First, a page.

Thursday, 4 April 2013
Major Lance born 4 April 1939
Major Lance (April 4, 1939, — September 3, 1994) was an American 6'6 foot tall R&B/Northern soul singer. Allmusic journalist, Stephen Thomas Erlewine, states "blessed with a warm, sweet voice, Lance was one of the leading figures of Chicago soul during the 1960s and the top-selling artist for OKeh Records during the decade. During the height of his success, the majority of his songs were written by Curtis Mayfield and produced by Carl Davis, and the pair developed a smooth, Latin-flavored sound that was punctuated by brass and layered with vocal harmonies, usually from The Impressions."
Born in Winterville, Mississippi, Major Lance moved to Chicago as a child, where he was initially raised on the west side of the city, before he moved near the north. While studying at Wells High School -- where Curtis Mayfield and Jerry Butler also attended -- Lance began boxing, but his attention soon turned to music and he formed the Floats with Otis Leavill. Although the Floats never released any records, his dancing earned him a spot on a local American Bandstand-styled program hosted by disc jockey Jim Lounsbury. The DJ helped Lance secure a one-shot single for Mercury Records in 1959, and the singer recorded "I Got a Girl," which was written and produced by Mayfield. The single disappeared and Lance spent the next three years working odd jobs.
In 1962, Lance was signed to the revived OKeh Records, based on his connections with Otis Leavill and, especially, Curtis Mayfield, who signed with the Impressions to ABC Records and had hits with his own group. Later that year, Lance recorded his first single, "Delilah," for the label. Though "Delilah" wasn't a hit, Lance's second single, "The Monkey Time," was a monster.
Released in the summer of 1963, "The Monkey Time" reached number two on the R&B charts and number eight pop, establishing not only Lance as a singer but the revitalized OKeh Records as a pop music force. "Hey Little Girl" was a Top 15 pop and R&B hit later that year, followed by the Top Ten "Um, Um, Um, Um, Um, Um" early in 1964.
Over the next eighteen months, Lance continued to record more singles, nearly all of which reached the R&B Top 40, but only a handful — "The Matador" (which Mayfield did not write), "Rhythm" and "Come See" — were pop hits. Following personnel changes at OKeh, Lance was sent to work with Billy Sherrill in Nashville, Tennessee, but out of this partnership only "It's the Beat" was a Top 40 hit. Lance worked with a number of producers during 1966 and 1967, with only "Without a Doubt" scraping the R&B charts in 1968, and he left OKeh shortly after that single, moving to Daka Records the following year, where he had the R&B hit "Follow the Leader." Within a year, he moved to Mayfield's Curtom Records label, which resulted in his last two decent hits with "Stay Away From Me (I Love You too Much)" and "Must Be Love Coming Down."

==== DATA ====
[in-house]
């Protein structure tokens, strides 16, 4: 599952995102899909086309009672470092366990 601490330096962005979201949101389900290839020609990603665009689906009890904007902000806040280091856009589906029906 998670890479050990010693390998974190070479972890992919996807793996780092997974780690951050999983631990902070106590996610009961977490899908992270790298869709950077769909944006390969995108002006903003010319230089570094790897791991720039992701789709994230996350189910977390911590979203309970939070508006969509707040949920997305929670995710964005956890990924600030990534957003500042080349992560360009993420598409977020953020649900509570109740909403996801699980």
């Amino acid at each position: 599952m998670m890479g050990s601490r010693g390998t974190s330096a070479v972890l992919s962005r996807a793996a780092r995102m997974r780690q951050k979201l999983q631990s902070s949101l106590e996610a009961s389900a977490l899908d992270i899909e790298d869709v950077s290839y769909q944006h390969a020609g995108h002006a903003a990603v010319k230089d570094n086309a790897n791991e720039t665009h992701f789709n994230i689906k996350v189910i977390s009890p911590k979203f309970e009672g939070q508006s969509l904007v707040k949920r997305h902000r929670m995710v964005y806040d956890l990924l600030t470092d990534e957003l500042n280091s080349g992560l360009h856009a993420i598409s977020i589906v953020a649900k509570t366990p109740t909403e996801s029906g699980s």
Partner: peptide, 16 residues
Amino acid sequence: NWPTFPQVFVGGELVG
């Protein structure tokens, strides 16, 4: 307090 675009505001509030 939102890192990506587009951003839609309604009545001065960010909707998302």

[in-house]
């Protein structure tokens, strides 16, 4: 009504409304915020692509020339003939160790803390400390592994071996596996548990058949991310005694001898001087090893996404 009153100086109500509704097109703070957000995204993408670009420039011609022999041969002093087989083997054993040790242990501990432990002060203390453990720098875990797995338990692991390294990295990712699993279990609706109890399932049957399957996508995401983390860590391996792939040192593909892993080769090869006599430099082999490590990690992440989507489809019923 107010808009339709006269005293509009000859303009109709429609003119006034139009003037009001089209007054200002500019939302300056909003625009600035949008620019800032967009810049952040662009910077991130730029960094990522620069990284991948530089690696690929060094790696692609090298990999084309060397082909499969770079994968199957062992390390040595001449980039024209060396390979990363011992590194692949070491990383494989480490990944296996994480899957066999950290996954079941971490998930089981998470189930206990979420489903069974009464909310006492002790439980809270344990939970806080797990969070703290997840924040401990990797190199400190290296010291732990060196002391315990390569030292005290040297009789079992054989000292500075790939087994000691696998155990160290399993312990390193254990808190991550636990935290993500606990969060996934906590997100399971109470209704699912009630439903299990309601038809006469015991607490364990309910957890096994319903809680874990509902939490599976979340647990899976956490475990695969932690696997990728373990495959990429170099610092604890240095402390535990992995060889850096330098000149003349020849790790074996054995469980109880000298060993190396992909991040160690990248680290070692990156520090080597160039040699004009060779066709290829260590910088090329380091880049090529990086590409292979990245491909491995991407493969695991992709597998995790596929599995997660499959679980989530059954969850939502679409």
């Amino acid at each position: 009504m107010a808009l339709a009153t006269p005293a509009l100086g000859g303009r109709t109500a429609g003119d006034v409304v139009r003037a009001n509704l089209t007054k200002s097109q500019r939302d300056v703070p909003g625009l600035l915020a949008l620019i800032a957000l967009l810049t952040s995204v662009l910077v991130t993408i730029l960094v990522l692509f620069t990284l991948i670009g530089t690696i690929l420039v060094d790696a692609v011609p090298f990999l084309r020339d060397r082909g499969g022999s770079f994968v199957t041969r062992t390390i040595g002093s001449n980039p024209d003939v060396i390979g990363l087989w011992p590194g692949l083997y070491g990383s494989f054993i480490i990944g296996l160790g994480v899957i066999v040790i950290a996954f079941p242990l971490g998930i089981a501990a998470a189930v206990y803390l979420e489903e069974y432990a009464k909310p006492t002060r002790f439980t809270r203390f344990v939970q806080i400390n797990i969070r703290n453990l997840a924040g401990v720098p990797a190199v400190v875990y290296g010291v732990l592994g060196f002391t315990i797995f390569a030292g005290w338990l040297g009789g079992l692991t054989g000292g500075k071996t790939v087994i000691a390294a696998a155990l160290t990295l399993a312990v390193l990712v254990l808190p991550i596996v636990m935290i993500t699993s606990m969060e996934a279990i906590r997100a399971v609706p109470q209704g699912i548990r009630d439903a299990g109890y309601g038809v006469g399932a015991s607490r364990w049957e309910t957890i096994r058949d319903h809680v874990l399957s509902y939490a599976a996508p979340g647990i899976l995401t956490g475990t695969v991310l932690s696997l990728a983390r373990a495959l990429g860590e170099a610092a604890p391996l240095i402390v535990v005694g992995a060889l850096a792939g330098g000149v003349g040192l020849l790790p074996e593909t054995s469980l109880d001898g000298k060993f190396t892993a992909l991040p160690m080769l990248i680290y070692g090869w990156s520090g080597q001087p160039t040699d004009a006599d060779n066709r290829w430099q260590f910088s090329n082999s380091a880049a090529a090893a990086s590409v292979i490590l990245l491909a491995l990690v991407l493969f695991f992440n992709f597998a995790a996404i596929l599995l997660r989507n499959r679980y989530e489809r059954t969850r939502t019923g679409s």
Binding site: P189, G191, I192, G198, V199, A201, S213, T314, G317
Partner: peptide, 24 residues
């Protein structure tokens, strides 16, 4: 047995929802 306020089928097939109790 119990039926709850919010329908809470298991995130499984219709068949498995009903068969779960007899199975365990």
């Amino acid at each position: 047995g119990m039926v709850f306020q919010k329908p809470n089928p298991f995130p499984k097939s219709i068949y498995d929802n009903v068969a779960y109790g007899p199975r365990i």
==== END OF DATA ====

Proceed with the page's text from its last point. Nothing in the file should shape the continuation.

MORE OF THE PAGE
Lance had less success after breaking his relationships with Mayfield and OKeh, releasing records on several record labels into the early 1970s, including Osiris Records, which he set up with Al Jackson. In 1972, he relocated to England, where Northern soul -- a phenomenon of dance clubs playing rare, underappreciated, and just plain obscure American soul and R&B records -- was in full force. For the next two years, Lance was a staple on the Northern soul circuit, eventually returning to Atlanta in 1974. He signed with Playboy and released a disco version of "Um, Um, Um, Um, Um, Um" that became a minor hit, which was followed by a pair of minor hits in 1975.
Shortly afterward, his career entered a downward spiral, and in 1978, he hit rock bottom when he was convicted of selling cocaine. Lance spent the next four years in prison. Upon his release, he began playing the beach music circuit on the Carolina coast, but a 1987 heart attack prevented him from launching a full-scale comeback. In 1994, Lance gave a final, triumphant performance at the Chicago Blues Festival, which turned out to be his last. He died of heart failure on September 3, 1994 at the age of 55, leaving behind a recorded legacy that stands among the best Midwestern soul of the '60s.
He was interred at Washington Memory Gardens Cemetery in Homewood, Illinois. (Info edited mainly from All Music)